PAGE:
Are you an A+ Educator?

“What we find changes who we become.”
Peter Morville

Past searches such as Google were known data bases where I was able to successfully, easily and quickly find a vast array of information. In a way, you were immersed in a wide variety of information and needed to sift through and explore, which was overwhelming for me personally. Using the A+ Education data base was something new. I found myself exploring different search terms and found the thesaurus feature useful in helping me refine the relevant search terms.The use of the thesauri tab in A+ Education enabled me to think of synonyms for science. This led to recognition of some more curriculum based terminology for my expert searches.

As Kuhlthau reminds me “research matters.” This mind map is reminiscent of the deeper thinking about Guided Inquiry. I have been trying to identify and decide which direction to take when reading, sifting and sorting articles found when conducting these expert searches. Some other related terms that could have been considered are problem-based learning, research-based practice and synonyms such as curious minds.

Figure 1: The Mind Mess Map

Figure 1: The Mind Mess Map

Kuhlthau writes about the Guided Inquiry Process and uses the image below to help explain the phases. I find myself in the explore stage ready to move into the identify stage of the Guided Inquiry Process. The need to redefine and question my searches and reasoning in order to “go deep” and as Kuhlthau states “choose the most useful sources to read closely as they find connections and gain personal understanding” (2012, p. 4) has been achieved through using A+ Education.

Figure 2: The Guided Inquiry Process

Figure 2: The Guided Inquiry Process

The Expert Search

As can be seen in the table below the use of previously used search strings and Boolean operators was in some cases unsuccessful. In reflection it is important to know and understand the nuancesof each database. This is an important learning moment as this added additional frustration to me during this time of exploring and is one reason as to why I spent so much time in this one phase.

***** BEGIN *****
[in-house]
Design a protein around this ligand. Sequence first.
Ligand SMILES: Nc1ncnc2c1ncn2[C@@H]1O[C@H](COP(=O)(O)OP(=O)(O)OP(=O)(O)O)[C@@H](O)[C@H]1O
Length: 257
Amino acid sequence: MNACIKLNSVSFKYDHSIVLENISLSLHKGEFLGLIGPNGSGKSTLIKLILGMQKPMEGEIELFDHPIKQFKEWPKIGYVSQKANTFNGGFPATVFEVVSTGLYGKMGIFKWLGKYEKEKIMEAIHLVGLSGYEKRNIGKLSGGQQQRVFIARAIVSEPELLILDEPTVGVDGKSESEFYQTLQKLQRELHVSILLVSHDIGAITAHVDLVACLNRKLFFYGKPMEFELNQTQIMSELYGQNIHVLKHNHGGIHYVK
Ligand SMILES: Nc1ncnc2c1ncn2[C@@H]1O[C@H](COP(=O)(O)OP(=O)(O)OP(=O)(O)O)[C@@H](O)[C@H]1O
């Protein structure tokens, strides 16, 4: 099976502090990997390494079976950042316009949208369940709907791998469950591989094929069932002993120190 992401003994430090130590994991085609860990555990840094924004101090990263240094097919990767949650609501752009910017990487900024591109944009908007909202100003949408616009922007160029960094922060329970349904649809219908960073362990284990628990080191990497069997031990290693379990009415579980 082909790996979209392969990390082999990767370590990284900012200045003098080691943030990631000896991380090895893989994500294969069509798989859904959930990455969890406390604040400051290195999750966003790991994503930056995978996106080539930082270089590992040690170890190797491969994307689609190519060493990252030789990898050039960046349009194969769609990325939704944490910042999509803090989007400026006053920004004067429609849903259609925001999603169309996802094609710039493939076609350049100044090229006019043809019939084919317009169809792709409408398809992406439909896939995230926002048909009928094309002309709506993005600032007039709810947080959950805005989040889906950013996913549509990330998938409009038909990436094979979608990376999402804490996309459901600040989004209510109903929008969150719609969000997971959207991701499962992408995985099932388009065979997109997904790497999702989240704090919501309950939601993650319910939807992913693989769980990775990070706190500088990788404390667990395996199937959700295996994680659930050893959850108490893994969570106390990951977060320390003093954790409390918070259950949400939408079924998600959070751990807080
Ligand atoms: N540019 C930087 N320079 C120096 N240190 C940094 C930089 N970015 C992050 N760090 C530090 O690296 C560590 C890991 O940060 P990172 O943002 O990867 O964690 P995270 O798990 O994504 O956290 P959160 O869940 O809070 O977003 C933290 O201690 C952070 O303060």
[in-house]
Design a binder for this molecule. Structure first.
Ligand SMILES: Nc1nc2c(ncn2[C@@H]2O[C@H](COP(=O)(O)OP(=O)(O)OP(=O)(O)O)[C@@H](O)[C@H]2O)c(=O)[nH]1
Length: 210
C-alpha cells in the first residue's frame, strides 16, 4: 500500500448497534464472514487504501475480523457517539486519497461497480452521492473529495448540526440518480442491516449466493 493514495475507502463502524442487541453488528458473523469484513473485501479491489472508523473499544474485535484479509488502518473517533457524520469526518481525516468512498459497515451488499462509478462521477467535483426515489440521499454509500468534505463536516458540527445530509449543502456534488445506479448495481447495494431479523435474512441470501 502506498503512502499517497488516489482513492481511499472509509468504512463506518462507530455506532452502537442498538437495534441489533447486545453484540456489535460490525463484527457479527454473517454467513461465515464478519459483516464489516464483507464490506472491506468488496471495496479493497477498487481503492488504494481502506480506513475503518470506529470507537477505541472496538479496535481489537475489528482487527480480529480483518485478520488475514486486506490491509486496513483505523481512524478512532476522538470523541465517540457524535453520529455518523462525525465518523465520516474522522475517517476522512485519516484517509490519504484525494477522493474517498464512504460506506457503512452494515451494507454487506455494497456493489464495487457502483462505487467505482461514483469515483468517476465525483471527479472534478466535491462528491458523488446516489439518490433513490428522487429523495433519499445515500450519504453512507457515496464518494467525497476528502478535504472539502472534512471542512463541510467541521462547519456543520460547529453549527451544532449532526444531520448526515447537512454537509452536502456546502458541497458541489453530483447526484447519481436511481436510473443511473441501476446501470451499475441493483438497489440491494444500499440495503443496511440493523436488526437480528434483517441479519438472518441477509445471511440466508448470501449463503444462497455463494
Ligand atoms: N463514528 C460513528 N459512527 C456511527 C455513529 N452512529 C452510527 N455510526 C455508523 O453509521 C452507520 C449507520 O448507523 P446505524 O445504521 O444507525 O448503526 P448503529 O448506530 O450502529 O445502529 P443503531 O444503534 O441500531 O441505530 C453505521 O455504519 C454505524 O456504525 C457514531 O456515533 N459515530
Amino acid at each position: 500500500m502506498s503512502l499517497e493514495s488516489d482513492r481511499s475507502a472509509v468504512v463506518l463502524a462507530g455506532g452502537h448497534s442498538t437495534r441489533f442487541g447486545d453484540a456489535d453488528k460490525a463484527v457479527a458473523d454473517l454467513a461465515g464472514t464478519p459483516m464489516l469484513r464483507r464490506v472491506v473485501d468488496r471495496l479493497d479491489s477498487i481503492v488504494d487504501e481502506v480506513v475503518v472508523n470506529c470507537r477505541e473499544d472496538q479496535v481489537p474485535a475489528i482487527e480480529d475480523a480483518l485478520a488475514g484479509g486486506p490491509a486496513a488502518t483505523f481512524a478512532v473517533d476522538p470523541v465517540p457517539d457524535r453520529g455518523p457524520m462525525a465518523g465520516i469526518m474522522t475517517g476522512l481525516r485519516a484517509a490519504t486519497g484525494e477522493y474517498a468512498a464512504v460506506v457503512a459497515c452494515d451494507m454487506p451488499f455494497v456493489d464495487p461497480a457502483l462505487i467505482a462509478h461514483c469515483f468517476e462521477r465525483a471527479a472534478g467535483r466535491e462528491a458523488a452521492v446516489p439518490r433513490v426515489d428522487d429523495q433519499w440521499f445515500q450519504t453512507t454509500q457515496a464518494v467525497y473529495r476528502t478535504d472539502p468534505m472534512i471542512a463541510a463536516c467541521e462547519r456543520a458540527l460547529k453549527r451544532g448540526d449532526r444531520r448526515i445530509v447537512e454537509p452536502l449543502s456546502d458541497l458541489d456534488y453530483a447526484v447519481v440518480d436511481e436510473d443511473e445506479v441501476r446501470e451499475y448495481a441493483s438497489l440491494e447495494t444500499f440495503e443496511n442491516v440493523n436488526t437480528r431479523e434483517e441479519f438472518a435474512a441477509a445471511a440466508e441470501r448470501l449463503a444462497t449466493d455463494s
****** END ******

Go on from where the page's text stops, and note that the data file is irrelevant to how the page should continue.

Figure 3: Expert Search using A+ Education Database

Figure 3: Expert Search using A+ Education Database

The following four articles will be used in the Annotated Bibliography due to the connections they made with the inquiry process and curriculum subject areas. Articles that have references to known Guided Inquiry researchers such as Dr Ross Todd held greater value than others, hence their inclusion. The Five W’s of web site evaluation and aspects of the CARS model were being used concurrently when scanning and sorting the information during this phase. Dr Ross Todd gave credibility due to his reputation. The date of publication was also important as it demonstrated up to date and current information. Due to this database being used by a tertiary institution, it made me feel that there was a higher level of accuracy, I felt supported by QUT, making me think these sources were more objective than those found via Google.

Green, Gary. Inquiry and learning : what can IB show us about inquiry? [online]. Access; v.26 n.2 p.19-21; June 2012. Availability: <;dn=193381;res=AEIPT&gt; ISSN: 1030-0155. [cited 28 Aug 13].

McLean, Ian. Taking the plunge : guided inquiry, persuasion and the research river at Penrith Public School. [online]. Scan; v.30 n.4 p.26-35; November 2011. Availability: <;dn=189318;res=AEIPT&gt; ISSN: 0726-4127. [cited 28 Aug 13].

Purnell, Ken and Harrison, Allan. Inquiry in geography and science : can it work? [online]. Geographical Education; v.24 p.34-40; 2011. Availability: <;dn=191137;res=AEIPT&gt; ISSN: 0085-0969. [cited 28 Aug 13].